He then talked about Websockets. These are cross-domain, bi-directional communication sockets and they have very low latency. They're also not supported in all browsers here too, Flash is the fallback to use. Remy then went on to talk about the Canvas element. My favorite quote was that the "Canvas is certainly the Han Solo of html5". I've long missed seeing good examples but Mugtug.com was a pretty nice Canvas based photo editor.
While Rem made it very clear that while Flash a great fallback for now, there will be a day where IE 6-8 is no longer relevant. This is very much true. He did point out though that everything Flash developers know are transferrable to html5 and JS. To highlight this, he used examples from the Actionscript TweetCoding competition and with minimal supporting JS, he was fully able to run most of the Actionscript examples in Canvas as well.
All in all, this was a really good presentation. Flash developers need to hear that their craft is going to change and Remy does not dislike Flash. Its more about plugins vs native. Html5 will never kill Flash though as many speakers on the topic pointed out. The two will co-exist but the roles with change.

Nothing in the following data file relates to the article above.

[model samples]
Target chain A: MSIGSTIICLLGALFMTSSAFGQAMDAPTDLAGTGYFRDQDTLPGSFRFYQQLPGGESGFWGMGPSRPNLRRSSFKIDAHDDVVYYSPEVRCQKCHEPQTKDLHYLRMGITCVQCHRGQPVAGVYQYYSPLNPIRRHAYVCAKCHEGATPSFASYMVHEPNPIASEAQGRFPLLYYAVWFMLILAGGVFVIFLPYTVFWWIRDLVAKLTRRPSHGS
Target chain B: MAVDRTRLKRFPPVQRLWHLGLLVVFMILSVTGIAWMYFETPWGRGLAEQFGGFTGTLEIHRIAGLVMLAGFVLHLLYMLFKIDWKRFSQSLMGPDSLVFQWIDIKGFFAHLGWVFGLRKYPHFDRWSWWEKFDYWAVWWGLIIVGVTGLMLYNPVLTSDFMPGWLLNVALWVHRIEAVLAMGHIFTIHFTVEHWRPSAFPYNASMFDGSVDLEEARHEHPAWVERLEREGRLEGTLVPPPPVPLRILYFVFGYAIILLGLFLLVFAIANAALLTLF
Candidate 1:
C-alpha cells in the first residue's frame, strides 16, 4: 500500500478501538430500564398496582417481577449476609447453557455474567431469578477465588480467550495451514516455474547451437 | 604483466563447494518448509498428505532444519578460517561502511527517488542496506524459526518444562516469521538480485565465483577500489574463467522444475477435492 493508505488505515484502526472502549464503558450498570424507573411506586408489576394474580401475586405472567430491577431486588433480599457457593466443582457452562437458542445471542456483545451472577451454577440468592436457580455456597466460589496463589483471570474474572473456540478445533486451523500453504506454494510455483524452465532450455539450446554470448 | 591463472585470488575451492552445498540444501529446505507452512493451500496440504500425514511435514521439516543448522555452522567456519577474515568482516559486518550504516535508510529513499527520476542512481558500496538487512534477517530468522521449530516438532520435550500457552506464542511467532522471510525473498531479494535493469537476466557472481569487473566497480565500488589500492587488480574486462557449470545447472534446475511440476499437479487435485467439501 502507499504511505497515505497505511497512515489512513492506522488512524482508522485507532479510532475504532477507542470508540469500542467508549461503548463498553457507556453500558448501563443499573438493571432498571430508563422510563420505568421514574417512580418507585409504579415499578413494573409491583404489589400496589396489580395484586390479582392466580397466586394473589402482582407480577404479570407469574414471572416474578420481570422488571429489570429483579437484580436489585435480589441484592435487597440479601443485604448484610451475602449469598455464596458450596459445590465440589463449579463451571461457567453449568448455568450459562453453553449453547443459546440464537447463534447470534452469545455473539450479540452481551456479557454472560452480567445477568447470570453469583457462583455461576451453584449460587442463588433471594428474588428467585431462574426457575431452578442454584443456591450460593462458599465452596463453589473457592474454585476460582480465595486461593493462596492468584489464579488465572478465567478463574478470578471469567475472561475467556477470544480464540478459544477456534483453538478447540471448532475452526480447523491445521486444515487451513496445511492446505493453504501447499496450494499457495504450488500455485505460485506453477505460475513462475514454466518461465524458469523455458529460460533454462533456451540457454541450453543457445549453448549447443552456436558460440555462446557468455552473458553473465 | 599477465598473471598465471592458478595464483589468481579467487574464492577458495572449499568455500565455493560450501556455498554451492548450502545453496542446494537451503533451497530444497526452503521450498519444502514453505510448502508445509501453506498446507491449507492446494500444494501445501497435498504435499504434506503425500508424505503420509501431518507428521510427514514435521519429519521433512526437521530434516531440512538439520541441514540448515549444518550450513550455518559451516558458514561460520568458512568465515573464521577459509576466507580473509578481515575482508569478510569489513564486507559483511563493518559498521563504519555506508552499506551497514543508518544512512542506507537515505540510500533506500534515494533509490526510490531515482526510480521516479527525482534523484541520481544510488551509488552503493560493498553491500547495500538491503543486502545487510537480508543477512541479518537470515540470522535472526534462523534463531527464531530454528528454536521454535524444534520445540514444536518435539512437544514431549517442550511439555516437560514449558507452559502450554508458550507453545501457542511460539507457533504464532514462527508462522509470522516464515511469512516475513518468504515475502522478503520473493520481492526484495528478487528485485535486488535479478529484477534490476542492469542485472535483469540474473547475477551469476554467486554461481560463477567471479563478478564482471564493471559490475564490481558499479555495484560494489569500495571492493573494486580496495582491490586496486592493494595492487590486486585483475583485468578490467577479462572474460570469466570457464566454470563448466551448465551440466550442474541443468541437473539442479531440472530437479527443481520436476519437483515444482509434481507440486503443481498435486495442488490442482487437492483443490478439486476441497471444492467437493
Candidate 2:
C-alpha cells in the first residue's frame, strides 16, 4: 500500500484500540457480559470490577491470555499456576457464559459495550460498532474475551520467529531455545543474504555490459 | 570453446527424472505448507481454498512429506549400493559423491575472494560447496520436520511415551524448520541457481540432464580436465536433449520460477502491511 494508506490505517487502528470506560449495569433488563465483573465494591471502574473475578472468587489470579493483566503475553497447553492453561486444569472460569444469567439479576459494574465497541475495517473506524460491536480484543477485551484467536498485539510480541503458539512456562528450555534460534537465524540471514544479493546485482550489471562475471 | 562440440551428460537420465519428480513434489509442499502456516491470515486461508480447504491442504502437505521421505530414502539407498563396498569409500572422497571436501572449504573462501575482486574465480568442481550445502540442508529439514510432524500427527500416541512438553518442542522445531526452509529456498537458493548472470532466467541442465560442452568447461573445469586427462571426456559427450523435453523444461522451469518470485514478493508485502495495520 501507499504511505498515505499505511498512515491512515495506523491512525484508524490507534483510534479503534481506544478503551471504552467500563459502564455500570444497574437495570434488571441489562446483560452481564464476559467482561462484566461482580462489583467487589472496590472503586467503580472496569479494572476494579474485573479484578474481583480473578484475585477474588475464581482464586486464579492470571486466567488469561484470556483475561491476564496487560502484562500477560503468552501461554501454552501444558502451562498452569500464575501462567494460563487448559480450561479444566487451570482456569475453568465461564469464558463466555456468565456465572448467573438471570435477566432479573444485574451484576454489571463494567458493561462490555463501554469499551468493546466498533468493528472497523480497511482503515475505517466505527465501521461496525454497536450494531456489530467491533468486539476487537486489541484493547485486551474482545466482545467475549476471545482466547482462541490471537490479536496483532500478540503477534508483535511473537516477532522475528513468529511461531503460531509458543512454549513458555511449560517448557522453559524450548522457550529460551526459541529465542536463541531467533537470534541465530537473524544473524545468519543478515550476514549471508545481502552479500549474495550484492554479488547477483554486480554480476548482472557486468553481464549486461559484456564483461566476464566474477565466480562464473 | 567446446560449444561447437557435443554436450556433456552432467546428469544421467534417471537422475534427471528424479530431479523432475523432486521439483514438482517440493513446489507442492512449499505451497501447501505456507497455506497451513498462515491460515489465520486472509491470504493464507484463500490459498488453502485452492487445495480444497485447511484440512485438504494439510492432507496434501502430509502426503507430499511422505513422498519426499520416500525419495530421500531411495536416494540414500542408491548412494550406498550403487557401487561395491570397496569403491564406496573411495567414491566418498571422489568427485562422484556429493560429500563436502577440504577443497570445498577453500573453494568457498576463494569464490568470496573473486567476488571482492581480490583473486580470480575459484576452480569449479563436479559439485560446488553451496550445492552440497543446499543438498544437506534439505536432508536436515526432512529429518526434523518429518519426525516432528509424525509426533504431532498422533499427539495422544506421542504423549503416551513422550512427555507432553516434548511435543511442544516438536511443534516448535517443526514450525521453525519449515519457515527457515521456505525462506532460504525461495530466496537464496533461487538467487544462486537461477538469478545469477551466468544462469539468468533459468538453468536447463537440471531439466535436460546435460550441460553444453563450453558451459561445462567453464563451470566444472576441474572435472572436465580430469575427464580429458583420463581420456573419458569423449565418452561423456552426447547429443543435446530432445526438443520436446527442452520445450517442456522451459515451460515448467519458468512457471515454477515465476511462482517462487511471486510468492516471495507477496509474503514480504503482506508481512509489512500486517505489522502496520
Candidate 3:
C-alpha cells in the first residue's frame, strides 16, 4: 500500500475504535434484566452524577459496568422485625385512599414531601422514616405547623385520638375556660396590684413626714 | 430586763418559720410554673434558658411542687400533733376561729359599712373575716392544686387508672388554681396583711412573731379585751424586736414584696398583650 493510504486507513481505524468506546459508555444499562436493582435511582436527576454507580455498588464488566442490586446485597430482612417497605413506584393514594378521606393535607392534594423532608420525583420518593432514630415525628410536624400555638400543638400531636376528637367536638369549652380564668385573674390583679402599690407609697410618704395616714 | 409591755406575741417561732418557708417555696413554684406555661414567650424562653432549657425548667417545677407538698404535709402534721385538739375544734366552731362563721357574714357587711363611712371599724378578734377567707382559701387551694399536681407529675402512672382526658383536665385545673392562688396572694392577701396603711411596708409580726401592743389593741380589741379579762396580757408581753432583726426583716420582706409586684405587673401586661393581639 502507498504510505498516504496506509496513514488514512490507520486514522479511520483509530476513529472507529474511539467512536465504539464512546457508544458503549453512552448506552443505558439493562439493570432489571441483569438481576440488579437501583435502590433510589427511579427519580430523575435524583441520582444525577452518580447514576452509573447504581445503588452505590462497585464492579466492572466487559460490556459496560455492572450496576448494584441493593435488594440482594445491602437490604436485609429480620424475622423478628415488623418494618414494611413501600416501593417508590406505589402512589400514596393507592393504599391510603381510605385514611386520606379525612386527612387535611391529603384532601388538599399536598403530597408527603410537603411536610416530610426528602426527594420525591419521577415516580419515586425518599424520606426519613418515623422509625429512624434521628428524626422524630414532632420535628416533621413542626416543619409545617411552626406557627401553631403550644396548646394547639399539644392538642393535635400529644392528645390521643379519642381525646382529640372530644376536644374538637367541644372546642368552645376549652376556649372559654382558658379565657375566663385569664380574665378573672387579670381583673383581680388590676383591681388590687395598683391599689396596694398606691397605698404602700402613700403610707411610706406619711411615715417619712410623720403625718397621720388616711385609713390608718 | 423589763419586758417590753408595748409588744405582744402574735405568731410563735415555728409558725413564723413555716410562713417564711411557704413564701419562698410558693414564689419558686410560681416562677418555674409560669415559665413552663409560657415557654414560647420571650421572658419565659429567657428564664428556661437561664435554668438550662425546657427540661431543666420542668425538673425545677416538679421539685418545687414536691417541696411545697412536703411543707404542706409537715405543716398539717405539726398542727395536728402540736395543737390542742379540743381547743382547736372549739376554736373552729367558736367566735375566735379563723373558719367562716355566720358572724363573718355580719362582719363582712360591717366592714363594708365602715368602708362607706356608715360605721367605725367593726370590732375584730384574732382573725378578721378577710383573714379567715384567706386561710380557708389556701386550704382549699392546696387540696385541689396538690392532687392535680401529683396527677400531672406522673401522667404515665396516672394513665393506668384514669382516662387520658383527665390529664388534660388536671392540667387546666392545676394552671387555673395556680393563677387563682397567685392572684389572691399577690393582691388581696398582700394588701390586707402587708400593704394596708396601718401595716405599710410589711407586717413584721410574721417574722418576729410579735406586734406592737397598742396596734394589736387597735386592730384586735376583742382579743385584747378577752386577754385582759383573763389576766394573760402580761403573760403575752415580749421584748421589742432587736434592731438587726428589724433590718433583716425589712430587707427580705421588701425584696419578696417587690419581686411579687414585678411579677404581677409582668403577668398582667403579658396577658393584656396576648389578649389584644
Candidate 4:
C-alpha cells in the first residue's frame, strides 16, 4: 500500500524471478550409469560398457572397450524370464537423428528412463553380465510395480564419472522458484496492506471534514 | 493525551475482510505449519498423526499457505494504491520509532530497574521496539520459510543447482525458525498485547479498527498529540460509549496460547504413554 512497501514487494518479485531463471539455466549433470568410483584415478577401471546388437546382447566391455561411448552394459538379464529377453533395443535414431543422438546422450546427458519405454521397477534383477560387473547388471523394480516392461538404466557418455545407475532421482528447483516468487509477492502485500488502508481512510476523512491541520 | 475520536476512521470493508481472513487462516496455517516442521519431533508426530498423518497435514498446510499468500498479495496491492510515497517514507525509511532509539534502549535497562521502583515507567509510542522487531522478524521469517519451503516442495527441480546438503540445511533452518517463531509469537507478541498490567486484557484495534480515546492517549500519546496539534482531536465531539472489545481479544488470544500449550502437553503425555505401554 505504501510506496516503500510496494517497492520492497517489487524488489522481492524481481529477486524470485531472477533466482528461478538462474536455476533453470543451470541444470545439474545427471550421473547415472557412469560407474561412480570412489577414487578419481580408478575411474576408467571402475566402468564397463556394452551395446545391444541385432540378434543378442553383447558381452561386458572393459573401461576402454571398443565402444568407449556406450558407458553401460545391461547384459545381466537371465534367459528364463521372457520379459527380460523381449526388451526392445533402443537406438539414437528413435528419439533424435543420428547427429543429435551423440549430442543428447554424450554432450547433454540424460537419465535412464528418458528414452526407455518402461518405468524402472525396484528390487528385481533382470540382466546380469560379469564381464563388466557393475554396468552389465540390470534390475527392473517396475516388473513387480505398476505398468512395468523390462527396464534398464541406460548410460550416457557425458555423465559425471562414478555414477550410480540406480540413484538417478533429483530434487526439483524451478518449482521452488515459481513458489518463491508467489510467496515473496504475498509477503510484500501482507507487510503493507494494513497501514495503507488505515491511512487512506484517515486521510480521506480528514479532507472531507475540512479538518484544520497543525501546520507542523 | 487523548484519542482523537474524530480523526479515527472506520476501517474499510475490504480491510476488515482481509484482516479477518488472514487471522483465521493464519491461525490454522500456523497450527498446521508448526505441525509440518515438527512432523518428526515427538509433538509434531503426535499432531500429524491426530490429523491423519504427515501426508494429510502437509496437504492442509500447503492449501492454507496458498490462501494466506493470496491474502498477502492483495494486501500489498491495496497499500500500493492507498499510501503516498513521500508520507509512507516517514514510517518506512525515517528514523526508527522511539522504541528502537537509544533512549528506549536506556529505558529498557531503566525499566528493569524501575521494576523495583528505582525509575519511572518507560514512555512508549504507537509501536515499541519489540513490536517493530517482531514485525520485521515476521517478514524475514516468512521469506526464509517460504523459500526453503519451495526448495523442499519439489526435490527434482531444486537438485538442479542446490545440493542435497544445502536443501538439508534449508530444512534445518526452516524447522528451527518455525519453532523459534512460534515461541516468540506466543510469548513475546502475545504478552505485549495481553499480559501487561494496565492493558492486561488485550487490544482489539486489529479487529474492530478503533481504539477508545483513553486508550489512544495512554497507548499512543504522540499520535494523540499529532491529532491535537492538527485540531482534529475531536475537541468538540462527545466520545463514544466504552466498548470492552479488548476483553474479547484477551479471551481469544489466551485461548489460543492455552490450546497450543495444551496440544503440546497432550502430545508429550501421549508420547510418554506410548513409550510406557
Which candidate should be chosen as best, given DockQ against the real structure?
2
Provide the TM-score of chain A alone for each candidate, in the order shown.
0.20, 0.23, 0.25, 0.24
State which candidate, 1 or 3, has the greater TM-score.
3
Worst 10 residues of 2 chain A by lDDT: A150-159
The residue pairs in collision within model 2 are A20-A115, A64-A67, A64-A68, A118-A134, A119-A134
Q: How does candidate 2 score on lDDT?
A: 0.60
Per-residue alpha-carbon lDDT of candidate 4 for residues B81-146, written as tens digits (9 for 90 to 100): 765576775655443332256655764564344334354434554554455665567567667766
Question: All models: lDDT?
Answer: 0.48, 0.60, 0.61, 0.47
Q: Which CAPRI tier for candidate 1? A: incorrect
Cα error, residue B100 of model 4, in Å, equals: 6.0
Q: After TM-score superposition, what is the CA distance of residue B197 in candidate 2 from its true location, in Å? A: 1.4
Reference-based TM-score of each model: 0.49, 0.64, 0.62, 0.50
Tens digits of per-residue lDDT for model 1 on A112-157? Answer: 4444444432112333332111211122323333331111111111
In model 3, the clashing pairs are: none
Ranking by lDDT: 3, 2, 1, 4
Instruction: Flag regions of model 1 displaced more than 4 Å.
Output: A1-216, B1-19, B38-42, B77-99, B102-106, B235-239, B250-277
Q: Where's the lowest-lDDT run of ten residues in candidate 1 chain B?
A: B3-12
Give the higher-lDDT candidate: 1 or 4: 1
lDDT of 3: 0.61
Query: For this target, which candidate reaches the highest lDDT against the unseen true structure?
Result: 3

Jens has been working with Flash since version 3 came out. Since then, he's been an active member of the Flash community. He's created more than a hundred Flash games (thus the name of his blog) but he also creates web/standalone applications, does workshops and other consulting. He loves playing with new technology and he is convinced that the moment you stop learning you die (creatively speaking). Jens is also the Editor of this website.